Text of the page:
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Hierarchical graphs and clustered graphs are useful nonclassical graph models for structured relational information. Hierarchical graphs are graphs with layering structures; clustered graphs are graphs with recursive clustering structures. Both have applications in CASE tools, software visualization, and VLSI design. Drawing algorithms for hierarchical graphs have been well investigated. However, the problem of straightline representation has not been solved completely. In this paper, we answer the question: does every planar hierarchical graph admit a planar straightline hierarchical drawing? We present an algorithm that constructs such drawings in linear time. Also, we answer a basic question for clustered graphs, that is, does every planar clustered graph admit a planar straightline drawing with clusters drawn as convex polygons? We provide a method for such drawings based on our algorithm for hierarchical graphs.
Topological Queries in Spatial Databases
 Journal of Computer and System Sciences
, 1996
"... We study topological queries over twodimensional spatial databases. First, we show that the topological properties of semialgebraic spatial regions can be completely specified using a classical finite structure, essentially the embedded planar graph of the region boundaries. This provides an invar ..."
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Cited by 45 (2 self)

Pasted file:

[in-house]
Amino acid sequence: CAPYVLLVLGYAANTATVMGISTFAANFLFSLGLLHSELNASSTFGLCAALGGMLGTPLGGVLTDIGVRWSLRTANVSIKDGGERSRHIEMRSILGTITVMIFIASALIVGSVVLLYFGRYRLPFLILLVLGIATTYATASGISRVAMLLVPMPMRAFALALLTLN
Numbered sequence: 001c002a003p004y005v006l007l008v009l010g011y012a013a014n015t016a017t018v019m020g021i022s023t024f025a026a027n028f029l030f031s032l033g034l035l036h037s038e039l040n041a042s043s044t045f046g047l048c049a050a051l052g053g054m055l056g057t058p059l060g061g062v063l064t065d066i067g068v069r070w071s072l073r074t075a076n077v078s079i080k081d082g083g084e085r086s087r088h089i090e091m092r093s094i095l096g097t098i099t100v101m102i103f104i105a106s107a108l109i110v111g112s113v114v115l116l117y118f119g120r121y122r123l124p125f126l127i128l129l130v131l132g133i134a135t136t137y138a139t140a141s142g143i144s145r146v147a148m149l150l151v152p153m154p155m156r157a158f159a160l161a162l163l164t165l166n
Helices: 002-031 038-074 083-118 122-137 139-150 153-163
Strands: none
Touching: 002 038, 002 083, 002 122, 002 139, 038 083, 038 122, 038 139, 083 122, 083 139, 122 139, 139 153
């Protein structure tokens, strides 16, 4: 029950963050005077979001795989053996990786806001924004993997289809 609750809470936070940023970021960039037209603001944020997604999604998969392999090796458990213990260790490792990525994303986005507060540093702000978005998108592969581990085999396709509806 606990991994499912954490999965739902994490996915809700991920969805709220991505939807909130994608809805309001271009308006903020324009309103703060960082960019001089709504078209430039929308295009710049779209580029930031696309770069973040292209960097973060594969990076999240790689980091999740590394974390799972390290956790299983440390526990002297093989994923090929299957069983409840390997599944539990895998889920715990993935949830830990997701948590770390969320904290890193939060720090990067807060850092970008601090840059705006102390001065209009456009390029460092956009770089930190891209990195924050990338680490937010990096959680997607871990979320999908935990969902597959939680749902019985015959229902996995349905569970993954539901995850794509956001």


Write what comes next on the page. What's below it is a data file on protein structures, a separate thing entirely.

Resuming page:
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We study topological queries over twodimensional spatial databases. First, we show that the topological properties of semialgebraic spatial regions can be completely specified using a classical finite structure, essentially the embedded planar graph of the region boundaries. This provides an invariant characterizing semialgebraic regions up to homeomorphism. All topological queries on semialgebraic regions can be answered by queries on the invariant whose complexity is polynomially related to the original. Also, we show that for the purpose of answering topological queries, semialgebraic regions can always be represented simply as polygonal regions. We then study query languages for topological properties of twodimensional spatial databases, starting from the topological relationships between pairs of planar regions introduced by Egenhofer. We show that the closure of these relationships under appropriate logical operators yields languages which are complete for topological prope...